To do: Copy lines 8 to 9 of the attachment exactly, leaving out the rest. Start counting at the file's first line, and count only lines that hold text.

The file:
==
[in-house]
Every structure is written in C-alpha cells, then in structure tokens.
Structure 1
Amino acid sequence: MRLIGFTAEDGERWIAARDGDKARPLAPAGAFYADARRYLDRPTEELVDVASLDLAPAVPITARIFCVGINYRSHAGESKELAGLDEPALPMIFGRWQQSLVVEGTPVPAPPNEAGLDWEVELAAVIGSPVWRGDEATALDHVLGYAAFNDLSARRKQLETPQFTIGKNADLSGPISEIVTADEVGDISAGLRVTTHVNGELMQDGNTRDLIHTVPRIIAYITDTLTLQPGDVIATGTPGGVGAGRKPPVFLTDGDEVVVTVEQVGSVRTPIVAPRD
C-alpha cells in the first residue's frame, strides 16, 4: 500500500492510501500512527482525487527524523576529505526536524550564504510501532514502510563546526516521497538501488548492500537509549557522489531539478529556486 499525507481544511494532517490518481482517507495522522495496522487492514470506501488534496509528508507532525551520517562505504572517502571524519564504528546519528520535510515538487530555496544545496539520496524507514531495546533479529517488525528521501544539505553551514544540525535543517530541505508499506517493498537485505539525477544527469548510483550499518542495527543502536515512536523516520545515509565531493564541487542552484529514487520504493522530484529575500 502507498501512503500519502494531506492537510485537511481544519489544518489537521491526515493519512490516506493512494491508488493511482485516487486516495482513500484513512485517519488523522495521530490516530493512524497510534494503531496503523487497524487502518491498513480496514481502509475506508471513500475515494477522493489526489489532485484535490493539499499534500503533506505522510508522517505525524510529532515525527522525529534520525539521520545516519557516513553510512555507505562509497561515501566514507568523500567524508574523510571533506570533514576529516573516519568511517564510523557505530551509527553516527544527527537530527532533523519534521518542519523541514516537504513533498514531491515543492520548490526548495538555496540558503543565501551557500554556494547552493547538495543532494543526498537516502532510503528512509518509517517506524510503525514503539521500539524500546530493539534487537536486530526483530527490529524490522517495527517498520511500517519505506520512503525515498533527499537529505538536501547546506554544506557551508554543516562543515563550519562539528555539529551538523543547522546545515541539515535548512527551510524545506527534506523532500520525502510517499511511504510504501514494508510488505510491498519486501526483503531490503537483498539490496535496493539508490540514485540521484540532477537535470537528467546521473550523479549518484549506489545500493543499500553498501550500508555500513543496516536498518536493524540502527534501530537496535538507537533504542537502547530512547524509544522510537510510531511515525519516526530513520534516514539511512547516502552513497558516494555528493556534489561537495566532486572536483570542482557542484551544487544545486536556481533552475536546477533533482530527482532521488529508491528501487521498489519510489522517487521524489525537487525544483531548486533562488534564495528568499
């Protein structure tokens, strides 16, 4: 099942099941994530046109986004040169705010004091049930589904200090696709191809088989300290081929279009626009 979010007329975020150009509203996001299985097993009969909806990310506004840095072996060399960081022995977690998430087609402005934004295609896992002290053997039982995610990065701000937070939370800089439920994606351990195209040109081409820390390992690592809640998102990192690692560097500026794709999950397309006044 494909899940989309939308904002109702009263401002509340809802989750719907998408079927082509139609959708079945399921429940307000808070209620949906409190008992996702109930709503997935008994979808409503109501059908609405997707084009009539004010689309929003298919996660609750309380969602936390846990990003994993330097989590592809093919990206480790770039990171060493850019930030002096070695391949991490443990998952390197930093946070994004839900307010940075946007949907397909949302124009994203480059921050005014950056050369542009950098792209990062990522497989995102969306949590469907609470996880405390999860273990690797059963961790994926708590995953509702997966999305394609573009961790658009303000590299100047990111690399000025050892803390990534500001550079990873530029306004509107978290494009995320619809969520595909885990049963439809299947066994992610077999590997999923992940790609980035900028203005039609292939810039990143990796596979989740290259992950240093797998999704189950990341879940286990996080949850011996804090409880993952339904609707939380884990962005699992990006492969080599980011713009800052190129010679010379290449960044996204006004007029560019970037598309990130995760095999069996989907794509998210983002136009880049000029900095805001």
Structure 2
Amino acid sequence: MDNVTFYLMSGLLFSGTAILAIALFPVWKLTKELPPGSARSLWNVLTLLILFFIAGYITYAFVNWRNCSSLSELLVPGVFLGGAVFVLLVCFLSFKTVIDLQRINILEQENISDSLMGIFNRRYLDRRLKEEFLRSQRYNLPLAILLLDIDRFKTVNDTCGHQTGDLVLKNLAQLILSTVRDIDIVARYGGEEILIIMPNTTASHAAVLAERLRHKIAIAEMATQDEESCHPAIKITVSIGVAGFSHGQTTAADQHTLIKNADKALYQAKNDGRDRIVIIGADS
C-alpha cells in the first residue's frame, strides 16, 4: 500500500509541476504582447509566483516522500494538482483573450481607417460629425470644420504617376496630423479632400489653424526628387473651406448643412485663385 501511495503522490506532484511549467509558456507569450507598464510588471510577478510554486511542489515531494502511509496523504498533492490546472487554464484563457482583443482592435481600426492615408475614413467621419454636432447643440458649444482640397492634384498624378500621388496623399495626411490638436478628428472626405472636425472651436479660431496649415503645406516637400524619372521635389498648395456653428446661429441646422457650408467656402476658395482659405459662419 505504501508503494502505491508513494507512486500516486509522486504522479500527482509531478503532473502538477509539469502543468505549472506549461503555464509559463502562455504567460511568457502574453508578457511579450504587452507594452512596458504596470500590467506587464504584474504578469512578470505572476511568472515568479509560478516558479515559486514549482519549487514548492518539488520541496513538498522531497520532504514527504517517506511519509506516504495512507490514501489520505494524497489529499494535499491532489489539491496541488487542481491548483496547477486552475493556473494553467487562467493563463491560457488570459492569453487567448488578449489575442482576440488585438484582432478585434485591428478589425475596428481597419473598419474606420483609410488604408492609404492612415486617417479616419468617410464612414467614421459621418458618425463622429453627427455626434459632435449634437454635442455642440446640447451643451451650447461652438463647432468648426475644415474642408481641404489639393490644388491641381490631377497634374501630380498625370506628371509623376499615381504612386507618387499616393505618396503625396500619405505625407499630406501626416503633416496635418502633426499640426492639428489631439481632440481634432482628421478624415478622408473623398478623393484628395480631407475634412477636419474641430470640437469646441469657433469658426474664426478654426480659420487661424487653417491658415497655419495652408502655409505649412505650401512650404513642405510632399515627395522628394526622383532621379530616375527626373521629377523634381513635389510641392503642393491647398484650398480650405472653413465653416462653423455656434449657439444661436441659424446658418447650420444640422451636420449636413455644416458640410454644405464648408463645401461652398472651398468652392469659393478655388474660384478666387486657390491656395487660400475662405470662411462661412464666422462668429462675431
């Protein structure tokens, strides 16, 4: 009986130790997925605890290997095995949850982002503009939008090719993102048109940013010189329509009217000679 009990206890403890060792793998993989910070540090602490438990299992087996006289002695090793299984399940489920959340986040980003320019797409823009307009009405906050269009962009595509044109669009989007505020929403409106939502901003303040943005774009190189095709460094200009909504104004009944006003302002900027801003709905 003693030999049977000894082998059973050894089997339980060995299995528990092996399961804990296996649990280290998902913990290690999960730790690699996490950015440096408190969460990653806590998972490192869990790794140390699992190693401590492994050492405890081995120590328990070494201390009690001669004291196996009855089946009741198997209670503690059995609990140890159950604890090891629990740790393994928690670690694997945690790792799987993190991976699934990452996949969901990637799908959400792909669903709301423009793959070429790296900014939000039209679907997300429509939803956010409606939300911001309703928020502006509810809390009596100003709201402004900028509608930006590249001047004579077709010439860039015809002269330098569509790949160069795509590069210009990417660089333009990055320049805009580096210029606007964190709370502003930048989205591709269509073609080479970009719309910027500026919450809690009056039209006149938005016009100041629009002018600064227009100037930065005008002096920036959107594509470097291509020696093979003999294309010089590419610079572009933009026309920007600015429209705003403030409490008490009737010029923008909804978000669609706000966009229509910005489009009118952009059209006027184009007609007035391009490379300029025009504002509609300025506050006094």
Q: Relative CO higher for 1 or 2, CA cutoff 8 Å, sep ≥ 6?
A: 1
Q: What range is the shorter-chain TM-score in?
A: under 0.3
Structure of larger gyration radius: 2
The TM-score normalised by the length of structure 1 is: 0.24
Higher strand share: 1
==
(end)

Amino acid sequence: MDNVTFYLMSGLLFSGTAILAIALFPVWKLTKELPPGSARSLWNVLTLLILFFIAGYITYAFVNWRNCSSLSELLVPGVFLGGAVFVLLVCFLSFKTVIDLQRINILEQENISDSLMGIFNRRYLDRRLKEEFLRSQRYNLPLAILLLDIDRFKTVNDTCGHQTGDLVLKNLAQLILSTVRDIDIVARYGGEEILIIMPNTTASHAAVLAERLRHKIAIAEMATQDEESCHPAIKITVSIGVAGFSHGQTTAADQHTLIKNADKALYQAKNDGRDRIVIIGADS
C-alpha cells in the first residue's frame, strides 16, 4: 500500500509541476504582447509566483516522500494538482483573450481607417460629425470644420504617376496630423479632400489653424526628387473651406448643412485663385 501511495503522490506532484511549467509558456507569450507598464510588471510577478510554486511542489515531494502511509496523504498533492490546472487554464484563457482583443482592435481600426492615408475614413467621419454636432447643440458649444482640397492634384498624378500621388496623399495626411490638436478628428472626405472636425472651436479660431496649415503645406516637400524619372521635389498648395456653428446661429441646422457650408467656402476658395482659405459662419 505504501508503494502505491508513494507512486500516486509522486504522479500527482509531478503532473502538477509539469502543468505549472506549461503555464509559463502562455504567460511568457502574453508578457511579450504587452507594452512596458504596470500590467506587464504584474504578469512578470505572476511568472515568479509560478516558479515559486514549482519549487514548492518539488520541496513538498522531497520532504514527504517517506511519509506516504495512507490514501489520505494524497489529499494535499491532489489539491496541488487542481491548483496547477486552475493556473494553467487562467493563463491560457488570459492569453487567448488578449489575442482576440488585438484582432478585434485591428478589425475596428481597419473598419474606420483609410488604408492609404492612415486617417479616419468617410464612414467614421459621418458618425463622429453627427455626434459632435449634437454635442455642440446640447451643451451650447461652438463647432468648426475644415474642408481641404489639393490644388491641381490631377497634374501630380498625370506628371509623376499615381504612386507618387499616393505618396503625396500619405505625407499630406501626416503633416496635418502633426499640426492639428489631439481632440481634432482628421478624415478622408473623398478623393484628395480631407475634412477636419474641430470640437469646441469657433469658426474664426478654426480659420487661424487653417491658415497655419495652408502655409505649412505650401512650404513642405510632399515627395522628394526622383532621379530616375527626373521629377523634381513635389510641392503642393491647398484650398480650405472653413465653416462653423455656434449657439444661436441659424446658418447650420444640422451636420449636413455644416458640410454644405464648408463645401461652398472651398468652392469659393478655388474660384478666387486657390491656395487660400475662405470662411462661412464666422462668429462675431